ahimsa Sick since 1990

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    Oregon, USA
    Orthostatic Intolerance (OI) is fairly common in patients with an ME/CFS diagnosis. There's a lot of information out there, and patients vary widely in both the types of OI that they have and whether they respond to treatment, but I'll try to give a few helpful links.

    One place to start is by reading Johns Hopkins patient handout (it's 27 pages long but the first 3-4 pages are enough to give you an overview and see if your symptoms match):

    http://www.dysautonomiainternational.org/pdf/RoweOIsummary.pdf (PDF file)

    And here's a video about POTS (specific kind of OI) made by the group Dysautonomia International:

    https://www.facebook.com/DysautonomiaInternational/videos/1079102622188616/

    You also might want to look through messages in the forum section called Problems Standing: Orthostatic Intolerance; POTS

    One of the biggest clues that I had OI was that my symptoms improved fairly quickly after I sat down and got even better if I lay down flat. Another big clue was how much worse even mild heat made me (heat leads to dilation of blood vessels which means blood pooling in the extremities). This means that warm showers were one of the worst things because they combine standing and heat (these days I use a shower stool and set the water temperature to cool/tepid).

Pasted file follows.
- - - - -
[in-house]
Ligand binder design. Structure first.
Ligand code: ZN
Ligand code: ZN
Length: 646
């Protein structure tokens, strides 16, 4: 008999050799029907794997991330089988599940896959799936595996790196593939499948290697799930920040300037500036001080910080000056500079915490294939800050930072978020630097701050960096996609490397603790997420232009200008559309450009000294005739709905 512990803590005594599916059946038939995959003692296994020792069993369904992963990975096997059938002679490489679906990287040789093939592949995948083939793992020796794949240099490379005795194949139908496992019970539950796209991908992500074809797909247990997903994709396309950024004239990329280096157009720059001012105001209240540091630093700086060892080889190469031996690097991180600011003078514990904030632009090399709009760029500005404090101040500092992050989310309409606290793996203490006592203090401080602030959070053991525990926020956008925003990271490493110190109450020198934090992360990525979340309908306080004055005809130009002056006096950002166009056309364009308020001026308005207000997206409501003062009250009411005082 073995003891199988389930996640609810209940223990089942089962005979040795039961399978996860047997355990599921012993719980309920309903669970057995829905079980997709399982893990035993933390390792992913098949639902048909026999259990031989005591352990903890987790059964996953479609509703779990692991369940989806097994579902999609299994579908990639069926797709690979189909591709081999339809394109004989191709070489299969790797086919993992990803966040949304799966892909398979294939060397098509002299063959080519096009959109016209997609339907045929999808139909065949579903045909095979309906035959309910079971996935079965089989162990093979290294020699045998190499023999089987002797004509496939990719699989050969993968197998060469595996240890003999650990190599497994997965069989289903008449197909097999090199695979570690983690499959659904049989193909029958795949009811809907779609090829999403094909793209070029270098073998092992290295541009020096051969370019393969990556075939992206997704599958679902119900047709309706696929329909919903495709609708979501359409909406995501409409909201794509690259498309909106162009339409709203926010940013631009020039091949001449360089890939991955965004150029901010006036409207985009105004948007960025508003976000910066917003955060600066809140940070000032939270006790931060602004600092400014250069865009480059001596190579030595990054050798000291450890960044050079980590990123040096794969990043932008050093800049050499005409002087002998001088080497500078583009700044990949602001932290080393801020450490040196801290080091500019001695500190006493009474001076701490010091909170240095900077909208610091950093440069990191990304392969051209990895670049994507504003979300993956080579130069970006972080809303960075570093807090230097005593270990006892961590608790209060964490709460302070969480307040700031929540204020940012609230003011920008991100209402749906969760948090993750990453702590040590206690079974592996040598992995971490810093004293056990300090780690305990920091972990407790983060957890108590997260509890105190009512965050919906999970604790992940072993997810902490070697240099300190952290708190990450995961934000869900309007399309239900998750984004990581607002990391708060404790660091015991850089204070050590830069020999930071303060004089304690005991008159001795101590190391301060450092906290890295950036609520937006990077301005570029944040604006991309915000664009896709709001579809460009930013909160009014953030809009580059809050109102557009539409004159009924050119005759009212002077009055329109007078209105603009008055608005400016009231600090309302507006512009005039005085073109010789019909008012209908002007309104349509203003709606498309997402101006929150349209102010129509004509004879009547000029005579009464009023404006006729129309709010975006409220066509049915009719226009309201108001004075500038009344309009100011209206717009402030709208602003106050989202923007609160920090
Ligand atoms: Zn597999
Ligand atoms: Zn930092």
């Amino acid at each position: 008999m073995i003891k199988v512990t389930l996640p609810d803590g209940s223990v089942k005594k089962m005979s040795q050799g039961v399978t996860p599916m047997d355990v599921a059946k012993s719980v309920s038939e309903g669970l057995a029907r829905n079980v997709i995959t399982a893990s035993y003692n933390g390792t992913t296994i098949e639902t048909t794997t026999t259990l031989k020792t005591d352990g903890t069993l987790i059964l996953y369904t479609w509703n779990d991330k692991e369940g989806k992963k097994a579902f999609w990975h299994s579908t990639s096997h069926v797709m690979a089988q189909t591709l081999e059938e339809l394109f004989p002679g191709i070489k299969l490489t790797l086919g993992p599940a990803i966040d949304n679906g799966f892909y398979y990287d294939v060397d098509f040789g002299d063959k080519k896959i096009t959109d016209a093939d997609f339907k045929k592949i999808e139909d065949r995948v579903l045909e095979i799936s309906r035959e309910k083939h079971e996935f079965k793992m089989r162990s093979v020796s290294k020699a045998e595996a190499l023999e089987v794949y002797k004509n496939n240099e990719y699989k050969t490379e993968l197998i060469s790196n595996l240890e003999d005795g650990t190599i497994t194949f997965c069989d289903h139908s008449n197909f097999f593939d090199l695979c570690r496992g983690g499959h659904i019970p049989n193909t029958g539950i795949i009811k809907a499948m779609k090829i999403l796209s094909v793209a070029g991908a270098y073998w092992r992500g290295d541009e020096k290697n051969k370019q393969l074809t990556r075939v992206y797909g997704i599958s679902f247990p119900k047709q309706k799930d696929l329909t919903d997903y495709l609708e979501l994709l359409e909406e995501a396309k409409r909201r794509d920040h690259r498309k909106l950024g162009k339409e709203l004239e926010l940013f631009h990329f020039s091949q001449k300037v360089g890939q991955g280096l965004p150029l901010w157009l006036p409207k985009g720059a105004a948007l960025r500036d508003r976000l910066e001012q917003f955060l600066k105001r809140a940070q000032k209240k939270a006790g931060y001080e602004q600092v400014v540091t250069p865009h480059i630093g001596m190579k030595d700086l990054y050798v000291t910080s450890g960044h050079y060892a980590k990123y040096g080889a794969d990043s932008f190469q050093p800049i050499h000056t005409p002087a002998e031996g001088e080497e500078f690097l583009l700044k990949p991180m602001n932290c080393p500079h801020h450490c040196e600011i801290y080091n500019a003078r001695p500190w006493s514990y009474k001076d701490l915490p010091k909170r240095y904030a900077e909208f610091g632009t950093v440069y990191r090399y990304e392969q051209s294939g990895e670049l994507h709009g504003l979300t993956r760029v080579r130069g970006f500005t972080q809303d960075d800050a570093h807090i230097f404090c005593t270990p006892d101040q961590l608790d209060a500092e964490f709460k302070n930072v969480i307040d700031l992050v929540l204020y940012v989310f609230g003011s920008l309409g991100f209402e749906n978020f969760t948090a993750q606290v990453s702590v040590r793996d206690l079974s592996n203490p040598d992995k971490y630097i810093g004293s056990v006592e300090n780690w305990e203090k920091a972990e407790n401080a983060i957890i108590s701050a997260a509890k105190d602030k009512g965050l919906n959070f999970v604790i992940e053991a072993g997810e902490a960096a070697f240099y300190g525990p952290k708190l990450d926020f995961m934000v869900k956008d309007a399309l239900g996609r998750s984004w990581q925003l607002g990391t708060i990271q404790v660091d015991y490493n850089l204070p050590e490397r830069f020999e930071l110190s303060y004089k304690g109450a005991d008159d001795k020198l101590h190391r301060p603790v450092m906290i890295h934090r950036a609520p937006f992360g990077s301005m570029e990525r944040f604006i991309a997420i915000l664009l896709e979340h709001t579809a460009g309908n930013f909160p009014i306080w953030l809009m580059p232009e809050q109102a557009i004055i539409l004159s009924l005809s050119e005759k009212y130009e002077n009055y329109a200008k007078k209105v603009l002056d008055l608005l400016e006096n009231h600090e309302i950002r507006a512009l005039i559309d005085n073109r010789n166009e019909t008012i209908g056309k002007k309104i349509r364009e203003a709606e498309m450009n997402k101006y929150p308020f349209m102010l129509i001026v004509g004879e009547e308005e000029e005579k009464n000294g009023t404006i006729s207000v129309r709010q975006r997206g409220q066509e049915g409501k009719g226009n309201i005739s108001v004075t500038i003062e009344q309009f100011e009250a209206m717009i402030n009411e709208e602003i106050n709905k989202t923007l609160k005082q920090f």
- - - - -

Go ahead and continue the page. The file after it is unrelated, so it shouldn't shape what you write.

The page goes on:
If your symptoms match some kind of OI then you should try to find a doctor who knows about autonomic dysfunction (also called dysautonomia) in order to get tested. At the very least the doctor should do some in office testing. However, this will miss quite a few folks who do have OI. A better idea is to get a tilt table test.

    I hope this helps.
     
    Last edited: Jun 19, 2017
    Invisible Woman likes this.